Monday, November 14, 2011
Review: The Sweetness at the Bottom of the Pie
Flavia de Luce is a chemistry prodigy with a special interest in poisons. At age eleven she can craft a variety of poisons in her attic laboratory. As the child of a distracted single father, Flavia is frequently left to her own devices, as are her two self-obsessed sisters. One day a dead bird with a stamp on its beak, and a dead man, turn up at the De Luce estate. What follows is a bizarre trip into the past, stamp collecting, and chemistry. Flavia quickly proves that she can out-investigate the local police.
This book is nothing if not original. I've never met a character quite like Flavia. I did find the book to be a bit on the long side. An eleven year-old protagonist, no matter how unique, cannot necessarily sustain 300+ pages of interest. I found that to be the case here. If the book was reduced by a third it would have been cleaner, tighter, and more enjoyable. Overall an entertaining and unique read, and I will likely look for more books in this series.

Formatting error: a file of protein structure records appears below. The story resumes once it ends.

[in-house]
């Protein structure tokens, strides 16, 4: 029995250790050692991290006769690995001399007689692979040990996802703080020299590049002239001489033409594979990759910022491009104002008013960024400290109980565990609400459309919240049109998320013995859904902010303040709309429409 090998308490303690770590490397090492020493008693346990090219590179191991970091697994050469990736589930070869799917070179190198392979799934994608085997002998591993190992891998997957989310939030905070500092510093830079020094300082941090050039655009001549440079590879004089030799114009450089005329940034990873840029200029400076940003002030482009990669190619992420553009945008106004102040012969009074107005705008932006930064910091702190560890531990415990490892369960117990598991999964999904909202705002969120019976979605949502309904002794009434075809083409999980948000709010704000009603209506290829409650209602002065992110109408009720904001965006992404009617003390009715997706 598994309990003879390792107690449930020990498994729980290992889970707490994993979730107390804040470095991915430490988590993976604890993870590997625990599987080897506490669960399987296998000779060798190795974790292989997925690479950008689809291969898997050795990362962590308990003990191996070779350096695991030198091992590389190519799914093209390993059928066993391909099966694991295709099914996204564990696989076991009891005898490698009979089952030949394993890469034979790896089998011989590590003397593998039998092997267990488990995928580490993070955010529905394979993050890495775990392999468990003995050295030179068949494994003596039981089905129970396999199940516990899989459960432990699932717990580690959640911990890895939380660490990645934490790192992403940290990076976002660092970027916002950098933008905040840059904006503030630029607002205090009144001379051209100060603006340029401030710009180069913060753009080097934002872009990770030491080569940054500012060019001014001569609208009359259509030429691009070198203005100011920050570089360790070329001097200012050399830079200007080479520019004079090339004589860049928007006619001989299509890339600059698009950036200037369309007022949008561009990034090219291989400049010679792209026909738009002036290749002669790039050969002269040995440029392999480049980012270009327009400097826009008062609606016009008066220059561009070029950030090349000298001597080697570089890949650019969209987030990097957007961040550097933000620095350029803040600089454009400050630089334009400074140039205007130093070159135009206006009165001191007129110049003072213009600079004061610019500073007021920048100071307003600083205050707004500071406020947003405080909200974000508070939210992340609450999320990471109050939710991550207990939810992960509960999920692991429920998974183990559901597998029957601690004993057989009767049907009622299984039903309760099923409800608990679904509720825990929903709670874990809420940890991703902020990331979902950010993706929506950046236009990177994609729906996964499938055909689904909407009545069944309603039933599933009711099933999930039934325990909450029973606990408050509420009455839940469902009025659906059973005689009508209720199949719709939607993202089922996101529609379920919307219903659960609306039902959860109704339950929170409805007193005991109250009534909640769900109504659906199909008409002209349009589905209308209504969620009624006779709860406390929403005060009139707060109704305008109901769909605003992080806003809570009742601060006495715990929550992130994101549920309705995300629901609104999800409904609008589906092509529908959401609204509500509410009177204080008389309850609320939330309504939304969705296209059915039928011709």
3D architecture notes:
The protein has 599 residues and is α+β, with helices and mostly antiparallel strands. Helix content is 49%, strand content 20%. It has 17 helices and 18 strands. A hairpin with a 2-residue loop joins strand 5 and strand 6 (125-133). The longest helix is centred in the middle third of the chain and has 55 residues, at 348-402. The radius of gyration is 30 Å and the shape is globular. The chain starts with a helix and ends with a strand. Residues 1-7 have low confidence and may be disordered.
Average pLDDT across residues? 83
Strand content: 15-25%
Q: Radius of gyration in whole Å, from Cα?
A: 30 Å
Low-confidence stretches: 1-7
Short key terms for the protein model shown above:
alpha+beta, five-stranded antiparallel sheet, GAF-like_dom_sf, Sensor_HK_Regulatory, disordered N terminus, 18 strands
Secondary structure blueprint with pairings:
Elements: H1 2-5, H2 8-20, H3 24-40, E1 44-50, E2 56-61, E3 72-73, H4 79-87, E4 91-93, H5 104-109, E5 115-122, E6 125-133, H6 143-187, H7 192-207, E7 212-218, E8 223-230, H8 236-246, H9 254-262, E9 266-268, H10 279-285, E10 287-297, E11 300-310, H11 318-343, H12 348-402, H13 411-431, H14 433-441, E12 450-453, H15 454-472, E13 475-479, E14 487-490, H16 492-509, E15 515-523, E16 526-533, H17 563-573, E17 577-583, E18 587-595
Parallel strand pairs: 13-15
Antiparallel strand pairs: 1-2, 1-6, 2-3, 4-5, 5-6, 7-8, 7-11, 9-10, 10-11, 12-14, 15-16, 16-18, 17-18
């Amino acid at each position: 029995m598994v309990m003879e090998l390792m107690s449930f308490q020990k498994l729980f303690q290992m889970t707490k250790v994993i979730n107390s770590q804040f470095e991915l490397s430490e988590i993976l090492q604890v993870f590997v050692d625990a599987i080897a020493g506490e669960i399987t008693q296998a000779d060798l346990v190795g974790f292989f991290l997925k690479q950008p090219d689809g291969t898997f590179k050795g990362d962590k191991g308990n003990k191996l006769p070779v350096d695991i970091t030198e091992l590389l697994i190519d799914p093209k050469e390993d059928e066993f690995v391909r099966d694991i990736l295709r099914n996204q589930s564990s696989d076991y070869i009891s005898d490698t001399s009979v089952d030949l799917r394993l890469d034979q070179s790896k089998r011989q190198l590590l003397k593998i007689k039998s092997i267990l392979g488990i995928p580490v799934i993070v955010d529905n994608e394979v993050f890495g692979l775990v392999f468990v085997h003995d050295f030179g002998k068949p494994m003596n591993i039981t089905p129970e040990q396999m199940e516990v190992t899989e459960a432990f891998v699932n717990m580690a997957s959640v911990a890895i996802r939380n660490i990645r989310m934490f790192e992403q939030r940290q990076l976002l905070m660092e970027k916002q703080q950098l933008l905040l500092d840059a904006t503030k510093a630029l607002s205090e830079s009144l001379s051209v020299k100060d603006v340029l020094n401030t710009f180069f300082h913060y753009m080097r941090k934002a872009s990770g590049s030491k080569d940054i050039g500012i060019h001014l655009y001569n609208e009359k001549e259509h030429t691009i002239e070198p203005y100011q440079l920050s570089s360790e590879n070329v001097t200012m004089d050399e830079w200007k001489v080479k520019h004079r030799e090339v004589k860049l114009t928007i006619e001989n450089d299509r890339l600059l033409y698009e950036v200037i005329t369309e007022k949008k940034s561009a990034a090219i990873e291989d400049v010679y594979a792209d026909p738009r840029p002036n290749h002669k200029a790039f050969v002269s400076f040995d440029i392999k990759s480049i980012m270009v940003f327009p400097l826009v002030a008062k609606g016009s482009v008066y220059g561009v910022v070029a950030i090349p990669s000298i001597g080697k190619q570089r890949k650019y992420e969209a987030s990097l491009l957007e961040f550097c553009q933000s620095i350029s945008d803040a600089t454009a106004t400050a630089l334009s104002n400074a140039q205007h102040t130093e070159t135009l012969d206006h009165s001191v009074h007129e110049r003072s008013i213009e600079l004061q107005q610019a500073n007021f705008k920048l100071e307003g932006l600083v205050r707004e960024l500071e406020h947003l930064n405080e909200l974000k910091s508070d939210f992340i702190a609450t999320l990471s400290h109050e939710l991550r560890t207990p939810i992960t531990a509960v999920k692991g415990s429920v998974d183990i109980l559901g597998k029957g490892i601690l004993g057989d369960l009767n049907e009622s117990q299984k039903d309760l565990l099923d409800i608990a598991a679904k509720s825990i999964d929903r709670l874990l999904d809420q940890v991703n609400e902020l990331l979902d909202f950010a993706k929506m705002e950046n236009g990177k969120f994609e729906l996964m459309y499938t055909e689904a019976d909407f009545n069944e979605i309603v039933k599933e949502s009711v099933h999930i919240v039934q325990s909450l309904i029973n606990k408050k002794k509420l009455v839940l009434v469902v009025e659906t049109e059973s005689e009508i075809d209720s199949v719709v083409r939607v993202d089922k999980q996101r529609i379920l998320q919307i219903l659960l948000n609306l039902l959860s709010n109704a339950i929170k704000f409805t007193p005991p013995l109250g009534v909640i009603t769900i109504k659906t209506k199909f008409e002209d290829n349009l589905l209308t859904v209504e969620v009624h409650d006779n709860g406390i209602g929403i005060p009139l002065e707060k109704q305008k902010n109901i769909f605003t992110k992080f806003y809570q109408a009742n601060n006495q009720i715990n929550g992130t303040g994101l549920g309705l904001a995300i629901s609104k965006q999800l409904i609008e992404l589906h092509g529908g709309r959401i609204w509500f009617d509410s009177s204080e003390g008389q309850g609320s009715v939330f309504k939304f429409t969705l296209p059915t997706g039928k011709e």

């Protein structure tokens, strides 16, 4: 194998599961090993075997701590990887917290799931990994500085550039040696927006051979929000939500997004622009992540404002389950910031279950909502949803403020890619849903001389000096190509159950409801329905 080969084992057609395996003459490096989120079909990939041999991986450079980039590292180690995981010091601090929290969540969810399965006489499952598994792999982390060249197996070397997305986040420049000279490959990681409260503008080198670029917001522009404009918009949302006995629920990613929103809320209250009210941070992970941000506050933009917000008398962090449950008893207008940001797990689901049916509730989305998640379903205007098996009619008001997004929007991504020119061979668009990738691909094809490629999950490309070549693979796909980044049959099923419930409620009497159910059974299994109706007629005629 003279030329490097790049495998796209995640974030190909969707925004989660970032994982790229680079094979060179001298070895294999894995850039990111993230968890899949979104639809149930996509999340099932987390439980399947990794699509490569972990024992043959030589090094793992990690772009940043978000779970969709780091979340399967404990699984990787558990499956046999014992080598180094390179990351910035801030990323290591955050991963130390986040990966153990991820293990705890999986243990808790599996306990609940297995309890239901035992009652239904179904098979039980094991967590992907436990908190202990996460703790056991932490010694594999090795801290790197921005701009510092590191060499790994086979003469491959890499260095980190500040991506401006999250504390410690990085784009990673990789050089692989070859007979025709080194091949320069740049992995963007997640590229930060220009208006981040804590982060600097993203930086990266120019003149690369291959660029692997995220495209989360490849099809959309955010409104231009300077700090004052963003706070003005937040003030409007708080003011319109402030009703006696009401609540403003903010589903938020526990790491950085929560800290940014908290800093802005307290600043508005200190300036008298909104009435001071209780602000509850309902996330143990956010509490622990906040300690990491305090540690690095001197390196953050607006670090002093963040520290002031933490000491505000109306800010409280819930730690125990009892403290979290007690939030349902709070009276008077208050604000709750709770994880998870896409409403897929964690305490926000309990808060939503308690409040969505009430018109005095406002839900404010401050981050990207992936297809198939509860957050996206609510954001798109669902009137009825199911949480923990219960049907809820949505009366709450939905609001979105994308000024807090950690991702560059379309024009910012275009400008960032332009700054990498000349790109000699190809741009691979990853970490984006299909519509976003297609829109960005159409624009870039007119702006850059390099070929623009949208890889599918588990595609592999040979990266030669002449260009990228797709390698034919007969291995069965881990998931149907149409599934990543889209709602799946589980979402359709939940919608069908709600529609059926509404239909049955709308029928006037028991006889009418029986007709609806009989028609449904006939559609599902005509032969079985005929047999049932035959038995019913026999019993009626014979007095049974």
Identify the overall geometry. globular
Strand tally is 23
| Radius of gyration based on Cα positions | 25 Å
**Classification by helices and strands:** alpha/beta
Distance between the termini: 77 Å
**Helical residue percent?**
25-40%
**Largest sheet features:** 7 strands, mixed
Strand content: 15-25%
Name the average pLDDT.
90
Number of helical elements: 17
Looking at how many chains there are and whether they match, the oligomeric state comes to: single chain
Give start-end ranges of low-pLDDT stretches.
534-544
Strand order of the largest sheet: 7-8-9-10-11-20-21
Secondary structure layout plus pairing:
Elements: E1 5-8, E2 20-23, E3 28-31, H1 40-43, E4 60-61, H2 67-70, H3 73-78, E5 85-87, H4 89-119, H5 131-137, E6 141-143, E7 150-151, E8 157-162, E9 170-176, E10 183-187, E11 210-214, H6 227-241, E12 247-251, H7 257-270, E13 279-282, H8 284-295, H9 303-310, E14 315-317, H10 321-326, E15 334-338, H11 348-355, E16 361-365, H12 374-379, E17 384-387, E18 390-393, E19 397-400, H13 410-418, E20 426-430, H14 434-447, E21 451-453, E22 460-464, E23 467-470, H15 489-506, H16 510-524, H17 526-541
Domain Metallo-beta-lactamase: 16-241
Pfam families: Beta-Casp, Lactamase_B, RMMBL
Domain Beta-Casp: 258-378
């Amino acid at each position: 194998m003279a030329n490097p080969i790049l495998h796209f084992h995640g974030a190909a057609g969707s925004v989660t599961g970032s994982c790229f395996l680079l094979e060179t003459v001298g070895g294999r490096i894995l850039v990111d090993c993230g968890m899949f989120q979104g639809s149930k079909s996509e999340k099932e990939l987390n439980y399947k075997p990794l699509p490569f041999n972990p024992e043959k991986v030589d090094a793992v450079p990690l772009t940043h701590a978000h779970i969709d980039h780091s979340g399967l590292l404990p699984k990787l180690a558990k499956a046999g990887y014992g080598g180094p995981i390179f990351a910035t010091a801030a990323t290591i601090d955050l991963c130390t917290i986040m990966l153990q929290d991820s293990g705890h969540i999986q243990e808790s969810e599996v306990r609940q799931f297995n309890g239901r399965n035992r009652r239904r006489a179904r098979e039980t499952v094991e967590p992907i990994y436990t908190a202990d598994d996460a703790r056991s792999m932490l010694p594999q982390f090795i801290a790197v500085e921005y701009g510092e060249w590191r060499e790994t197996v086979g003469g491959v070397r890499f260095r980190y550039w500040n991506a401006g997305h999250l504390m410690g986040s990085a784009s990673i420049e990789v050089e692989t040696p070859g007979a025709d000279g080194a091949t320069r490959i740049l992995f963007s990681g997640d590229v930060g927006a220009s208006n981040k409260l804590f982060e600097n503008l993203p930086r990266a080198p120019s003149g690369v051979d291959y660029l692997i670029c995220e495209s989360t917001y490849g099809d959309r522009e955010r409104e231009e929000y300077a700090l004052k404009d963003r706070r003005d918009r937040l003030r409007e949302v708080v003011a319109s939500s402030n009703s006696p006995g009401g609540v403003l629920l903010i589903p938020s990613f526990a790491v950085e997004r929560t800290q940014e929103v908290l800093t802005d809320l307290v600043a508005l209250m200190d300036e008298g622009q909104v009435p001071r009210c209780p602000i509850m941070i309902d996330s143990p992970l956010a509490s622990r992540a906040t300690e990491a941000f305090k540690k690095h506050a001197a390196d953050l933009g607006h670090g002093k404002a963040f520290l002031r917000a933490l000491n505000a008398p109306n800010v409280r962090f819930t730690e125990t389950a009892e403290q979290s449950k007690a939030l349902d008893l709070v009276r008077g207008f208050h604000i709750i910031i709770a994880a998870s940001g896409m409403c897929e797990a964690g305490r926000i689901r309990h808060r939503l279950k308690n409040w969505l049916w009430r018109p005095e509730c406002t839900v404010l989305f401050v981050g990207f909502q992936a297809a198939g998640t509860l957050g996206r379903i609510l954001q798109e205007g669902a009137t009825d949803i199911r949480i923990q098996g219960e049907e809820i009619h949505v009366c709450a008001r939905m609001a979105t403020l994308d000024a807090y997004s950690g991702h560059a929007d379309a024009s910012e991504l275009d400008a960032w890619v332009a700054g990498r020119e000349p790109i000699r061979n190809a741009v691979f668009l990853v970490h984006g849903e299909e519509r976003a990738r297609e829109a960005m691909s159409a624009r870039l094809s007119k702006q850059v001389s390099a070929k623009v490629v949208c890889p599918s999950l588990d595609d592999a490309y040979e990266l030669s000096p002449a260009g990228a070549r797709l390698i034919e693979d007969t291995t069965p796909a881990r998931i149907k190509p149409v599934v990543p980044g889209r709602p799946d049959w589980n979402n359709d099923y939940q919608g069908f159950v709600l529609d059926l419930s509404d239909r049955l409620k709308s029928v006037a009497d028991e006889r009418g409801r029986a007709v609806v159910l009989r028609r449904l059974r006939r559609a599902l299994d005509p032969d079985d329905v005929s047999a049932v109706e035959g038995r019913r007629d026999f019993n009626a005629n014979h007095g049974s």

Alan Bradley, The Sweetness at the Bottom of the Pie (Bantam, 2010) ISBN: 0385343493